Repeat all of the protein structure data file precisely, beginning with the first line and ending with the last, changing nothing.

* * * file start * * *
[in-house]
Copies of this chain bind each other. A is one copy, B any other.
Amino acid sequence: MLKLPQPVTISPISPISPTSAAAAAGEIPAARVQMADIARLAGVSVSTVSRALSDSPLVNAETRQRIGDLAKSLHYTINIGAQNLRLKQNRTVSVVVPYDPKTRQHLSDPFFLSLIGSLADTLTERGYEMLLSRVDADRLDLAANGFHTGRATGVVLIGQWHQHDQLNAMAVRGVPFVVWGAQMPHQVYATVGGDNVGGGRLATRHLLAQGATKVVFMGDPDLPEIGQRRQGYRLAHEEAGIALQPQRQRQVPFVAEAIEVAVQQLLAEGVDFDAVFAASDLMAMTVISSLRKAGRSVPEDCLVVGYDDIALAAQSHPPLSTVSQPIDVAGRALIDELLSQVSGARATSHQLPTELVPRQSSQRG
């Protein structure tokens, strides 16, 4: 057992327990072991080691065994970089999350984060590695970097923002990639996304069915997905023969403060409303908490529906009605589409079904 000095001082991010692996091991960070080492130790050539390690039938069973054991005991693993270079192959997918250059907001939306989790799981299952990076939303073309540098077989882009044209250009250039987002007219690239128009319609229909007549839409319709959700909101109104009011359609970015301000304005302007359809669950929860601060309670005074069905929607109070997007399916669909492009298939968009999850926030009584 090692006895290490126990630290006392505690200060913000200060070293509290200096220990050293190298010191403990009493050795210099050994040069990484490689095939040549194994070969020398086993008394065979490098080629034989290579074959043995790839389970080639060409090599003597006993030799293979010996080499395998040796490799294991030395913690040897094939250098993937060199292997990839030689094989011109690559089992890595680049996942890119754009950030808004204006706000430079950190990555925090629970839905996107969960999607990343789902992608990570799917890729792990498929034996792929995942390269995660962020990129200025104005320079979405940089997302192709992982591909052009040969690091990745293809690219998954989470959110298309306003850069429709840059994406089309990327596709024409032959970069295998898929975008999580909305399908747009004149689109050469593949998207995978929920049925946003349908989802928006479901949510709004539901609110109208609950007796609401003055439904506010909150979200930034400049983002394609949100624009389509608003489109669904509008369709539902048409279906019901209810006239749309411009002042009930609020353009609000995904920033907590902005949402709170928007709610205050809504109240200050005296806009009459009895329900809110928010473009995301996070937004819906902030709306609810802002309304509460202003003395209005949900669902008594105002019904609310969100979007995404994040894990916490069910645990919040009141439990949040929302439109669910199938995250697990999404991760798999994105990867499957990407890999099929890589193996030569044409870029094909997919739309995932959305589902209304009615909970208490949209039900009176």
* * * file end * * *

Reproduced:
[in-house]
Copies of this chain bind each other. A is one copy, B any other.
Amino acid sequence: MLKLPQPVTISPISPISPTSAAAAAGEIPAARVQMADIARLAGVSVSTVSRALSDSPLVNAETRQRIGDLAKSLHYTINIGAQNLRLKQNRTVSVVVPYDPKTRQHLSDPFFLSLIGSLADTLTERGYEMLLSRVDADRLDLAANGFHTGRATGVVLIGQWHQHDQLNAMAVRGVPFVVWGAQMPHQVYATVGGDNVGGGRLATRHLLAQGATKVVFMGDPDLPEIGQRRQGYRLAHEEAGIALQPQRQRQVPFVAEAIEVAVQQLLAEGVDFDAVFAASDLMAMTVISSLRKAGRSVPEDCLVVGYDDIALAAQSHPPLSTVSQPIDVAGRALIDELLSQVSGARATSHQLPTELVPRQSSQRG
């Protein structure tokens, strides 16, 4: 057992327990072991080691065994970089999350984060590695970097923002990639996304069915997905023969403060409303908490529906009605589409079904 000095001082991010692996091991960070080492130790050539390690039938069973054991005991693993270079192959997918250059907001939306989790799981299952990076939303073309540098077989882009044209250009250039987002007219690239128009319609229909007549839409319709959700909101109104009011359609970015301000304005302007359809669950929860601060309670005074069905929607109070997007399916669909492009298939968009999850926030009584 090692006895290490126990630290006392505690200060913000200060070293509290200096220990050293190298010191403990009493050795210099050994040069990484490689095939040549194994070969020398086993008394065979490098080629034989290579074959043995790839389970080639060409090599003597006993030799293979010996080499395998040796490799294991030395913690040897094939250098993937060199292997990839030689094989011109690559089992890595680049996942890119754009950030808004204006706000430079950190990555925090629970839905996107969960999607990343789902992608990570799917890729792990498929034996792929995942390269995660962020990129200025104005320079979405940089997302192709992982591909052009040969690091990745293809690219998954989470959110298309306003850069429709840059994406089309990327596709024409032959970069295998898929975008999580909305399908747009004149689109050469593949998207995978929920049925946003349908989802928006479901949510709004539901609110109208609950007796609401003055439904506010909150979200930034400049983002394609949100624009389509608003489109669904509008369709539902048409279906019901209810006239749309411009002042009930609020353009609000995904920033907590902005949402709170928007709610205050809504109240200050005296806009009459009895329900809110928010473009995301996070937004819906902030709306609810802002309304509460202003003395209005949900669902008594105002019904609310969100979007995404994040894990916490069910645990919040009141439990949040929302439109669910199938995250697990999404991760798999994105990867499957990407890999099929890589193996030569044409870029094909997919739309995932959305589902209304009615909970208490949209039900009176």